Nigeria is one of the most populous nations in Africa and is rich in crude oil, however, it has experienced its own share of environmental problems. Oil companies in their bid to explore and exploit oil have done more harm than good to the overall condition of the natural environment. This has resulted in need to regulate the activities of oil companies. One of such regulations brought about the promulgation of several laws like the Harmful Wastes (Special Criminal Provisions, etc.) Act, amongst others. This Act provides the legal framework for the effective control and management of the disposal of harmful waste into any environment within the confines of Nigeria. In view of this, this study therefore seeks to appraise the impact and effectiveness of this law in regulating the criminal prosecution of oil companies in default of waste management regulations/legislations in Nigeria.
1.1 Background to the Study
Over the last 50 years, Nigeria has witnessed serious environmental degradation occasioned by harmful waste from oil exploration and exploitation, refining, transportation and product marketing. Oil exploration activities have extended from the Niger Delta Basin to the Lake Chad Basin in the north-eastern part of the country and the south-east Niger Delta.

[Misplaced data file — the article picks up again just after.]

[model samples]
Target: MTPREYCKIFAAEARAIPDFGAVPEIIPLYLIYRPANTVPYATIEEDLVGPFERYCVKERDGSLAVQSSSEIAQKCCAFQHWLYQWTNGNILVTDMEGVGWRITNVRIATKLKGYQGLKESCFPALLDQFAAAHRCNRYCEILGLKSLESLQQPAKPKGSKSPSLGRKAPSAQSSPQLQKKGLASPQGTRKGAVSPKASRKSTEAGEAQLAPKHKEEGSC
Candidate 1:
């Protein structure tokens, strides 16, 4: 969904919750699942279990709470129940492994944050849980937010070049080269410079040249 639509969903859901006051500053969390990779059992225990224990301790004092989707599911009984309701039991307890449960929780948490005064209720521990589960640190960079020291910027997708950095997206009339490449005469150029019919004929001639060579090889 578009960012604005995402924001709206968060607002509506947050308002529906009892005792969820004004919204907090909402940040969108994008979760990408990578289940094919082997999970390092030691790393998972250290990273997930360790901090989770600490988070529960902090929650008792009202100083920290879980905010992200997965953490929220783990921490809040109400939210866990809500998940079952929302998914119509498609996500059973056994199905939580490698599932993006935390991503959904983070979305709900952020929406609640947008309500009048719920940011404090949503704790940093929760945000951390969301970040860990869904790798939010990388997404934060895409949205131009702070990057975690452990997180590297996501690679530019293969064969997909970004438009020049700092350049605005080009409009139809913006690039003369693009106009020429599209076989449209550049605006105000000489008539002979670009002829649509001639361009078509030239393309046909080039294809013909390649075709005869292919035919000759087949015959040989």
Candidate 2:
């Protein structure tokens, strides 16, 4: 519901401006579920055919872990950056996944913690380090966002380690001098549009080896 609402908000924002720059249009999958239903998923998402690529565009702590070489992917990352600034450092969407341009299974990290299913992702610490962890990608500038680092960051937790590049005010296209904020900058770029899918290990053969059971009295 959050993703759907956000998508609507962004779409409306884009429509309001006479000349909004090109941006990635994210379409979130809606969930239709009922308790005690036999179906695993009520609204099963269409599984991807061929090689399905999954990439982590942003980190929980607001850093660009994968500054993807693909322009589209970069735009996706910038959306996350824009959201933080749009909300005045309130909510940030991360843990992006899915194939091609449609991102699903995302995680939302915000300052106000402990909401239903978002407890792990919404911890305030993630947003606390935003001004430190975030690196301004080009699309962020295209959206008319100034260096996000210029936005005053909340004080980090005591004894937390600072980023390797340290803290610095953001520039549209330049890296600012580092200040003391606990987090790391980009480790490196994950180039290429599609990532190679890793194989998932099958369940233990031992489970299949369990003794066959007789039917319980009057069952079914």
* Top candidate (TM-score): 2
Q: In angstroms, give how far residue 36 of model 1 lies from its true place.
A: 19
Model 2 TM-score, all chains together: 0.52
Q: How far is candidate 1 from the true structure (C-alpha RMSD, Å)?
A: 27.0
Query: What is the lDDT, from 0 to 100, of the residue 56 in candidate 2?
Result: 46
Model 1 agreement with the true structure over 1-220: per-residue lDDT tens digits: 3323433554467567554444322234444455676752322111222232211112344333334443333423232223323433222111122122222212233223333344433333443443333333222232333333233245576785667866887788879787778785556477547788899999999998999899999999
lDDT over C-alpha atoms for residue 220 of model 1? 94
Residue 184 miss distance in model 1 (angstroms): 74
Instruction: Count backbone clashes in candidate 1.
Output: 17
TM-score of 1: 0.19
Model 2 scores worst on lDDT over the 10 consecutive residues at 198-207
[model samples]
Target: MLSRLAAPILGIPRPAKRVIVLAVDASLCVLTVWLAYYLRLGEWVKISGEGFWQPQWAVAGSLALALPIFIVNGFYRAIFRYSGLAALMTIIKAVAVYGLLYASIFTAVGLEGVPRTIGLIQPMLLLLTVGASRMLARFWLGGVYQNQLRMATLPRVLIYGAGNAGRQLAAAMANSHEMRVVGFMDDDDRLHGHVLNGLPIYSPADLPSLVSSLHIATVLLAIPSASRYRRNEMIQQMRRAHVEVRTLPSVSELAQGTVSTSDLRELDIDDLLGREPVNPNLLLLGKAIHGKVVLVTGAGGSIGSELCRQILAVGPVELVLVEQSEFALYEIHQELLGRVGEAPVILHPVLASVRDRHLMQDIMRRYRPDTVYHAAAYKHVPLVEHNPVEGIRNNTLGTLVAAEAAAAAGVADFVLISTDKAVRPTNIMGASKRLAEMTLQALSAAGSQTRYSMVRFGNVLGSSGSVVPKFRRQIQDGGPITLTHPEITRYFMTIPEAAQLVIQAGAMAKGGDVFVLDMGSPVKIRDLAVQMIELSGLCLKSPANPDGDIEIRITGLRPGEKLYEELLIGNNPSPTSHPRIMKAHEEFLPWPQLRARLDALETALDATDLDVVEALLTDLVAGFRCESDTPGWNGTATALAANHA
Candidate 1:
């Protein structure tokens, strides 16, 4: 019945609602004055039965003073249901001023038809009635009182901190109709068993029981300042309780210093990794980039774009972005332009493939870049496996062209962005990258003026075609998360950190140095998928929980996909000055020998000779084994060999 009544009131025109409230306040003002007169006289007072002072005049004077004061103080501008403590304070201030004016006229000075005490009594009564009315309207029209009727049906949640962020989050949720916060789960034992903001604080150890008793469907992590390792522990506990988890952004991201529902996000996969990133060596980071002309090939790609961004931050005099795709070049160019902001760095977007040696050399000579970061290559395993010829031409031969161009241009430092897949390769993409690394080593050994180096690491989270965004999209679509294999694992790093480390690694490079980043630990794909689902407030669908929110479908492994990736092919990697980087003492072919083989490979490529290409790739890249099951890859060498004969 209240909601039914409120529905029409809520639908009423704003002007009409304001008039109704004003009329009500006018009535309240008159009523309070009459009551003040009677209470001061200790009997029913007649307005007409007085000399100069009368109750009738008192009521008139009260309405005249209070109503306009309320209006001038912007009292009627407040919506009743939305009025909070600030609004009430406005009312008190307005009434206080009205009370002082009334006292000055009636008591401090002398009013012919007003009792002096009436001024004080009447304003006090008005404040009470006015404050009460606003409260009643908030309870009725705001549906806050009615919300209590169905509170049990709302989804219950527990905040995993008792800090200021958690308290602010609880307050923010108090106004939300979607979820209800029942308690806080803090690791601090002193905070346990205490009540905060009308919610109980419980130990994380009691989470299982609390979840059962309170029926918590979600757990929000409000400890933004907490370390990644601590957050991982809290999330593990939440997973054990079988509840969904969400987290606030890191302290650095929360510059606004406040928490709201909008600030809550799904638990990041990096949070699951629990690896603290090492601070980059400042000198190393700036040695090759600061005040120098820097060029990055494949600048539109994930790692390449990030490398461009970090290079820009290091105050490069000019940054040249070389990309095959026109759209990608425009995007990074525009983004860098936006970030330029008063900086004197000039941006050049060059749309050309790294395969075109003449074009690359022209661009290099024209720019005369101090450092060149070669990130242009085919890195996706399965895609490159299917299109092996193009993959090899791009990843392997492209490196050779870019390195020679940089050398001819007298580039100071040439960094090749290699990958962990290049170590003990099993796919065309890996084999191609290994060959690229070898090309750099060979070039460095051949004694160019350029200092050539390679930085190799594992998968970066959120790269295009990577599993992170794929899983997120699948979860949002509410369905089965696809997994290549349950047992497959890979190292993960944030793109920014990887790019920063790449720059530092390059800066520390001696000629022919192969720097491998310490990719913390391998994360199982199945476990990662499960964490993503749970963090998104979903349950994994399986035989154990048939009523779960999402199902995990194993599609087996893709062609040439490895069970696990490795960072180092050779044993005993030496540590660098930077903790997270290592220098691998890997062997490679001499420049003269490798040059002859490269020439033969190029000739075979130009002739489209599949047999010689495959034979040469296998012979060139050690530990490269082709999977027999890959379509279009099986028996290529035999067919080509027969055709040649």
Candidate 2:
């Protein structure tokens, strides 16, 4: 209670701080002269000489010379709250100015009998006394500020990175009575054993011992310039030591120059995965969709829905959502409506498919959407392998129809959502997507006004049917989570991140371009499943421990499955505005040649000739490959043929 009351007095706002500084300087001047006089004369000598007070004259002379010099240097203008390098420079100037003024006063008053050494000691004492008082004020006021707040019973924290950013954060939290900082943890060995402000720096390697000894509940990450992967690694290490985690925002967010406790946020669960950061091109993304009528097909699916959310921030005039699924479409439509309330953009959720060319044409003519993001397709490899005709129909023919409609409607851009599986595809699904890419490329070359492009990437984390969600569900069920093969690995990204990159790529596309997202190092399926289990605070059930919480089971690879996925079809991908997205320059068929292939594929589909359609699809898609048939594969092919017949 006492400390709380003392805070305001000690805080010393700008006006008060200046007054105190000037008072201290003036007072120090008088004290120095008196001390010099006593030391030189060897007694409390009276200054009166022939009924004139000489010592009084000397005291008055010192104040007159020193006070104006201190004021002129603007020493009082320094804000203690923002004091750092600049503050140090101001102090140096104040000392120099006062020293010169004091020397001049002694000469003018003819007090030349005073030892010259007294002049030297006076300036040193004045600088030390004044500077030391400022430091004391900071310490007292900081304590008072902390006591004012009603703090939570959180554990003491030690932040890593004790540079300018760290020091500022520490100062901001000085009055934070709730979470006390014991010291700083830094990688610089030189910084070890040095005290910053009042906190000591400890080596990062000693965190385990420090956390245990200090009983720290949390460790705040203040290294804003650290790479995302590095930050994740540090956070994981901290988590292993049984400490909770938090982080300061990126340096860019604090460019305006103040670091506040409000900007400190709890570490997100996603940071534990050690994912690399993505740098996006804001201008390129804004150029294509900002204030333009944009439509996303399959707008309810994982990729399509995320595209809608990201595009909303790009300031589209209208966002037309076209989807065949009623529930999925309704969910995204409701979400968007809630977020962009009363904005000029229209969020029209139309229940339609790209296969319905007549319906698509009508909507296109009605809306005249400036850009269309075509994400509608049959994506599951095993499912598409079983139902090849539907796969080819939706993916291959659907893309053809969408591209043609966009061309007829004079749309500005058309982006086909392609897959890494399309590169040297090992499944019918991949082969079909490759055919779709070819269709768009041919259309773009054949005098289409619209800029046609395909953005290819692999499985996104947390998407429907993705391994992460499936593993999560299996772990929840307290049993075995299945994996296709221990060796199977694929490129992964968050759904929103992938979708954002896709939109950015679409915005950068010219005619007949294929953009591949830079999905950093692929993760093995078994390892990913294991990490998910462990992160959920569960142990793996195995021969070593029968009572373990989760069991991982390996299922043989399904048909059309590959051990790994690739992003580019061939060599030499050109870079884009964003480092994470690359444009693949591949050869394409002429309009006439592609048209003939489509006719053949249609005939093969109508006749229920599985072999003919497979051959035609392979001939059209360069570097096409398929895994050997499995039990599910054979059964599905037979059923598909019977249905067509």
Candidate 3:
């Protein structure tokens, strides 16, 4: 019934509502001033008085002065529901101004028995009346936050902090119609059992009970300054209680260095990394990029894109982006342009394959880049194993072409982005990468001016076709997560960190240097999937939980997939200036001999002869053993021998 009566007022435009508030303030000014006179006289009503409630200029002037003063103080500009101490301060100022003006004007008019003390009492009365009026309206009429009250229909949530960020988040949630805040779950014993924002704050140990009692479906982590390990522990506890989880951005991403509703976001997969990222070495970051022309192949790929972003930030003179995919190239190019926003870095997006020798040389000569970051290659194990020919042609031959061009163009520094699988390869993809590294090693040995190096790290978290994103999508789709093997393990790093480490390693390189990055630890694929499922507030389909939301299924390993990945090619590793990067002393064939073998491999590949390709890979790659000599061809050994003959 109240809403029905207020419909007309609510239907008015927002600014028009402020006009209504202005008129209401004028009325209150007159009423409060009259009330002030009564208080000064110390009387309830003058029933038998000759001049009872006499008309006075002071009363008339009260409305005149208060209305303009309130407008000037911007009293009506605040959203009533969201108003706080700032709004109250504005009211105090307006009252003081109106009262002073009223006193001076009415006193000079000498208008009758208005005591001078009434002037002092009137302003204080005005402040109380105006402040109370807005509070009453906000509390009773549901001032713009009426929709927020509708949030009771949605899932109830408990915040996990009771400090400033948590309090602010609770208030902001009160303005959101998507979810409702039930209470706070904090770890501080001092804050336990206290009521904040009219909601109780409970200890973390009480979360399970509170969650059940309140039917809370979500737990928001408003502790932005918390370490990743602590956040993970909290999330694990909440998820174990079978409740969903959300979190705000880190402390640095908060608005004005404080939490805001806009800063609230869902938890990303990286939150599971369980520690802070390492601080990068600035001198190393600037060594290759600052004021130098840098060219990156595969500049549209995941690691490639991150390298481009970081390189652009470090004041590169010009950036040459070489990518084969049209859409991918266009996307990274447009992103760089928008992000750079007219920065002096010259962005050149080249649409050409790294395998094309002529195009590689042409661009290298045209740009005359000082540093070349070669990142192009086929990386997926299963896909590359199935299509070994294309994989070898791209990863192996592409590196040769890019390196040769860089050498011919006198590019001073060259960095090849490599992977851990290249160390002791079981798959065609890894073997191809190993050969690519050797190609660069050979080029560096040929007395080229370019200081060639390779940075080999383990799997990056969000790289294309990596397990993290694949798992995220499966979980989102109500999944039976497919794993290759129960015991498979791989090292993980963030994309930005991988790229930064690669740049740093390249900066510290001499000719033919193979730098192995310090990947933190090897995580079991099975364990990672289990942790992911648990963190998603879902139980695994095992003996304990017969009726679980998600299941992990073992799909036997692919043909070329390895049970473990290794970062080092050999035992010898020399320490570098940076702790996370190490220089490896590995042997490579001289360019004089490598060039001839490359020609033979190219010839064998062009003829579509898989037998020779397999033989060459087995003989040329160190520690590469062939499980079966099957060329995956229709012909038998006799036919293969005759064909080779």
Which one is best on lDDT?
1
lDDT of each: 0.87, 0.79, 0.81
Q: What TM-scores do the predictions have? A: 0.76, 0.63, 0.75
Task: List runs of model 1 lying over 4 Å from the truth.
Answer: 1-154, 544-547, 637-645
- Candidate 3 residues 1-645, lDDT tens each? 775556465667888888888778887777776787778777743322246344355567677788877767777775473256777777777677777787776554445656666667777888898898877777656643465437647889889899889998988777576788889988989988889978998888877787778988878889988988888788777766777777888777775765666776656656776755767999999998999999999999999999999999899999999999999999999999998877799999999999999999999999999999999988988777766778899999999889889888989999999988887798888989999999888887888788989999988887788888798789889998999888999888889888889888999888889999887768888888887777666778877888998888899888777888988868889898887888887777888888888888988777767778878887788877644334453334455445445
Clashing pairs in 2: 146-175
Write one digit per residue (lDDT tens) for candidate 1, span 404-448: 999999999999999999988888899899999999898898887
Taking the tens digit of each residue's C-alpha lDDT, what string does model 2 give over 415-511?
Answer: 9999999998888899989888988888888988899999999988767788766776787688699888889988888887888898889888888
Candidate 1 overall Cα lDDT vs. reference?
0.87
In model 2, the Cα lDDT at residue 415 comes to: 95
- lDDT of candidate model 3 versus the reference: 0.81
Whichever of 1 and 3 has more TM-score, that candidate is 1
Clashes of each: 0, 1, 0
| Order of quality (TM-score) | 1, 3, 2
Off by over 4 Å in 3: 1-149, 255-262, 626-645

The Nigerian government has ordered oil companies operating in the country to comply with guidelines published by the DPR (Department of Petroleum Resources), the monitoring arm of the Nigeria National Petroleum Corporation (NNPC), or risk criminal prosecution. The 300-page guidelines provide rules to reduce environmental pollution, harmful waste and enforce procedures for environment monitoring. The DPR has also been tasked with conducting regular checks on overall environmental health and safety, with strict environment audits on the oil company’s activities.
This environmental pollution audit is the focus of the Harmful Waste (Special Criminal Provisions, etc.) Act, which takes an all-encompassing outlook on pollution caused by improper waste management. This includes all waste management activities whether it relates to those affecting the water, (including fresh water and marine), land (including the underground and the topsoil) or the air (i.e. everything above the ground). It also looks other health hazards as it relates to the environment, affecting all living creatures, terrestrial, aquatic and the birds of the air.
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